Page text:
Reflections on the Social Innovation Summit 2018

Reflections on the Social Innovation Summit 2018
Photo: Joeri van den Steenhoven and Jaya Lal Neupane (right)
SI Scholars Jaya Lal Neupane and Ha Do Thuy share their insights from the Social Innovation Summit in Malmö.
Global crises and the role of social Innovation by Jaya Lal Neupane
 
The two-day conference started on November 13th with the theme 'Making It Big' in Malmö, gathering hundreds of students, educators, engineers, businessman, social entrepreneurs, government officials, and lawmakers. 
 
Everyone agreed that the refugee crisis, climate crisis, and poverty are some of the challenges faced by societies right now. It is impossible to tackle these issues without a clear picture and willingness to change on a societal level. Every keynote speaker agreed that people should act as transformative forces and drive change to solve complex global issues. 
 
Joeri van den Steenhoven, Director of MaRS Solution Lab, said that people have to be at the centre of our business when we prioritise innovation, as people with intense passion and clear understanding make innovation possible and drive change. He further said it is transparency, participation, and collaboration that helps build trust among people and thus, a platform for innovation is created. 
 
Photo: Panel discussion on 'How to build an arena for social innovation'
 
Prof. Robin Teigland, co-leader of the Peniche Ocean Watch Initiative (POW), expressed her belief that through networking and knowledge sharing social impact can be created. She said by integrating local knowledge, technology, innovation and entrepreneurship a considerable value can be created in the community. Thus, her key message was “build your network before you need it”. 
 
Jeroo Billimoria, the founder of Aflatoun, stated that social innovation has to be part of a global movement.  And social entrepreneurs have to dream big, but the dream has to be practical. It is necessary to validate its practicality by carrying out research personally. So, only 10% of enterprises succeed because they do research. Organisations flourish when they have a clear plan and empower employees.
 
Finally, I conclude saying that social innovations, when they tend to utilise the transformative capacity of people fully, can become keys to solve the world’s existing complex problems.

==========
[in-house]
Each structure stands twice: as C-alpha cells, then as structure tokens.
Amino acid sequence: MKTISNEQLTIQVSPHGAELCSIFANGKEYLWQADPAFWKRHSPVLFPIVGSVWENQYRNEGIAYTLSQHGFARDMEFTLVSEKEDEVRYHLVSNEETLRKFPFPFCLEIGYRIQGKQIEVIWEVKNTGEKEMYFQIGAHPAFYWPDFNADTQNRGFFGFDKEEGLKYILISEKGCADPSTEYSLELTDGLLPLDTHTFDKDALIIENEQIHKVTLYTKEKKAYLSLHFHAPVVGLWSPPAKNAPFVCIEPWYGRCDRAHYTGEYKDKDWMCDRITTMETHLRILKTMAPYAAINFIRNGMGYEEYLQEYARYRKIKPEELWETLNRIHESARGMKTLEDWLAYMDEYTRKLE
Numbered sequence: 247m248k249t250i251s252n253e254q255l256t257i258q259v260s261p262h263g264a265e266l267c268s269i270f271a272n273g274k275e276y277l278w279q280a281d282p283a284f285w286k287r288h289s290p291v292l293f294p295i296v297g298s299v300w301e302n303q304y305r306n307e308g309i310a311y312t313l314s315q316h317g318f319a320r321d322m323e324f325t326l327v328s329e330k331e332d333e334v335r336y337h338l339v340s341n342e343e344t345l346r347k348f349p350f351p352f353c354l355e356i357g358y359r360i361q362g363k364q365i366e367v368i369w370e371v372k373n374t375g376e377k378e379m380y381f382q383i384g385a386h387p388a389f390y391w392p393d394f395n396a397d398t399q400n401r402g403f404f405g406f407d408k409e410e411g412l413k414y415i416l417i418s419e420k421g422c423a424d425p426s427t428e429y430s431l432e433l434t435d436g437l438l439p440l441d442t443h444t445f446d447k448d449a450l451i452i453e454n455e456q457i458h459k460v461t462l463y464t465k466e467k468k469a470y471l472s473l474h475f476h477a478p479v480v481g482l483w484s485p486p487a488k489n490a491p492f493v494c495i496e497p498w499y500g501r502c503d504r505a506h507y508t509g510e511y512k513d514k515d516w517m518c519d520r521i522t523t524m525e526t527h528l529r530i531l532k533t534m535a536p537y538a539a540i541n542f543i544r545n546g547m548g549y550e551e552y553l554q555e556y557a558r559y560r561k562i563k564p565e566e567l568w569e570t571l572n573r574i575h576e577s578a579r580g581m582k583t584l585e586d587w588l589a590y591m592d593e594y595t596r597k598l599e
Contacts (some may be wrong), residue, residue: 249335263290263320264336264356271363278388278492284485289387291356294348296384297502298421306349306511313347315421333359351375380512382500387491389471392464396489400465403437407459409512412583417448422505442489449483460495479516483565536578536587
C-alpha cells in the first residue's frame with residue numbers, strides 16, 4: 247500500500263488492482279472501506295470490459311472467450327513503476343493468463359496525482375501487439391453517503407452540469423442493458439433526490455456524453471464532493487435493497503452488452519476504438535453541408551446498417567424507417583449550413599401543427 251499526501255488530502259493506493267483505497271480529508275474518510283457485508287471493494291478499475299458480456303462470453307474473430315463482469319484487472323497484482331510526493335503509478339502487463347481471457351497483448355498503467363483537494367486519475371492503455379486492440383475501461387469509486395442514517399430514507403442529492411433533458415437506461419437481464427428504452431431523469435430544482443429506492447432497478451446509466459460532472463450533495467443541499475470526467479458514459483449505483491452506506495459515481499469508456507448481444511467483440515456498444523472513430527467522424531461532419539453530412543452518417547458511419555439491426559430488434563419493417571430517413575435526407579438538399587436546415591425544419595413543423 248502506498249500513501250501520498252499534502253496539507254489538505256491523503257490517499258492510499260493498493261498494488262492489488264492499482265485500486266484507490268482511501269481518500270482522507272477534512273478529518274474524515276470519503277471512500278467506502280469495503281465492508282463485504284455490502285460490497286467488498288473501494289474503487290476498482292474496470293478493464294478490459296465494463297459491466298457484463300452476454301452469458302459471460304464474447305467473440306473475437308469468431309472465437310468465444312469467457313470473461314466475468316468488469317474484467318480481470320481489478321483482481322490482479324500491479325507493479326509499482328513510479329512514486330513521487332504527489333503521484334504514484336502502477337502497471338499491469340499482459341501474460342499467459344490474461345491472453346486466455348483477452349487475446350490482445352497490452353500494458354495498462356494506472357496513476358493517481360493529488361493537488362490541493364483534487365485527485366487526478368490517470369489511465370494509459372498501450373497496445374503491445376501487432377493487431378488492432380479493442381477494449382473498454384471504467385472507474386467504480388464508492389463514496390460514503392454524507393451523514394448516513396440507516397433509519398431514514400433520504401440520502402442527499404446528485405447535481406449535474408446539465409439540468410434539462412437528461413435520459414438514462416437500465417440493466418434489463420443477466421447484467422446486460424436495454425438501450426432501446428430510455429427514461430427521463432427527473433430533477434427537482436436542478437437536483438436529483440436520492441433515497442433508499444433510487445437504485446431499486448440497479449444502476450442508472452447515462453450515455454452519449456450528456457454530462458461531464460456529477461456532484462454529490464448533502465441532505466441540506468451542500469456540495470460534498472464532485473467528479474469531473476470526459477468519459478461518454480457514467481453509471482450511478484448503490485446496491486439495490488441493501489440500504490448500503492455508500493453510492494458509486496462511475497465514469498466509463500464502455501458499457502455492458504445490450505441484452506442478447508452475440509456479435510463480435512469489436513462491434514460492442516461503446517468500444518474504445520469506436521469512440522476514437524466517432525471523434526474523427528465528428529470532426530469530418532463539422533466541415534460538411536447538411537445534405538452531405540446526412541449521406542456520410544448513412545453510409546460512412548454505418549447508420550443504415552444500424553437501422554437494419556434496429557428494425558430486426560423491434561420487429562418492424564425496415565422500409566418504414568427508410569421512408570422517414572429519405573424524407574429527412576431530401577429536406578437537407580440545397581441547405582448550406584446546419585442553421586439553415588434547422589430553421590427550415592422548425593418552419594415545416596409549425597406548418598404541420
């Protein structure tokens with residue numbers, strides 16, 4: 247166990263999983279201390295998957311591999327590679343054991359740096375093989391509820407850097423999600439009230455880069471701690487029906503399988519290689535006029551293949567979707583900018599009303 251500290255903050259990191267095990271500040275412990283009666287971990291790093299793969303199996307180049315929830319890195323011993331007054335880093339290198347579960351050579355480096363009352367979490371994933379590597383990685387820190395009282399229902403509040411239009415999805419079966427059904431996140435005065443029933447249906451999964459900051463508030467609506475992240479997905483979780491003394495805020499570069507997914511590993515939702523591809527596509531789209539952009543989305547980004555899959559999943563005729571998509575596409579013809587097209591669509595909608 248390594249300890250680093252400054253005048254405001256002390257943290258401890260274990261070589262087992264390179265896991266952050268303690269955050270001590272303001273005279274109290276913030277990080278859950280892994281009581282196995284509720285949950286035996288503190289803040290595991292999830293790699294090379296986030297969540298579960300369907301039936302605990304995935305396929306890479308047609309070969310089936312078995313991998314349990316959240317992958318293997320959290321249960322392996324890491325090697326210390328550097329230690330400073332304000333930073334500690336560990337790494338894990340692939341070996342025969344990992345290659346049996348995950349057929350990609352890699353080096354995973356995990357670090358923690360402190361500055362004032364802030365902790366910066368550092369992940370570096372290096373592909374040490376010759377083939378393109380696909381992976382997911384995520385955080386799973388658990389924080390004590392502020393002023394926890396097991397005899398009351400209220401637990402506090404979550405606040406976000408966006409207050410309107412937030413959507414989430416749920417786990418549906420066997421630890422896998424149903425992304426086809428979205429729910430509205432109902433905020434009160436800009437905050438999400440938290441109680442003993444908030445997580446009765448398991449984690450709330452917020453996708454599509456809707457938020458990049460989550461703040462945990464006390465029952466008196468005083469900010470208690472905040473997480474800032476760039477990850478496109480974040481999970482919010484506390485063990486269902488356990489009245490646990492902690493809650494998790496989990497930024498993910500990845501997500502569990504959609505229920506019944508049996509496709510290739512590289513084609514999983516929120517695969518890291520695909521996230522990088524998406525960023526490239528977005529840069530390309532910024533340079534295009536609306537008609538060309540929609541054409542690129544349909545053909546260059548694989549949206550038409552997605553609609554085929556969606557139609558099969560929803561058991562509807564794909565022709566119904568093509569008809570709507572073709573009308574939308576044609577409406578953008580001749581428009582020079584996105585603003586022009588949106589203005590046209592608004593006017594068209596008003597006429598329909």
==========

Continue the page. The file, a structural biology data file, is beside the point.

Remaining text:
Social innovation helps to solve social challenges in new ways by Ha Do Thuy
 
Photo: SI scholarship holders and NFGL network: Ha Do Thuy (left) and Elena Bogdanova
 
The summit opened in a very innovative manner with a Latin melody. I wondered why Latin music when Swedish music could have been played!
 
I quickly understood that the music performed by a Latin school band conveyed the freedom and inclusion required for social innovation. We all clapped and danced during the performance.
 
With this unusual start of a summit, one thing that stuck is that there are no boundaries, no age, and no limitations for us to innovate and engage with social innovations. It is not a single mission carried out by an individual but a joint effort. This was precisely the topic of the summit called “Making it big”. 
 
Indy Johar, founder of Zero Zero and Senior Innovation Associate at Young Foundation, emphasised that human rights and democracy are at the centre of a social transformation in his presentation on ‘From grassroots to system change’. 
 
Photo: Malmö Latinskolans storband
 
Sweden puts social inclusion and equality at the heart of development policy. The summit has opened my eyes to look further and deeper into the nature of these issues. Then this helps me reflect on what I have learnt from my personal life in Sweden. 
 
The summit has deepened my insights regarding what I came to study and so much more. The most significant insight I have to share from the summit is that ‘being innovative with social inclusion and equality in thinking and action like the Swedes already do, we can develop ourselves as change agents and leaders.'
 

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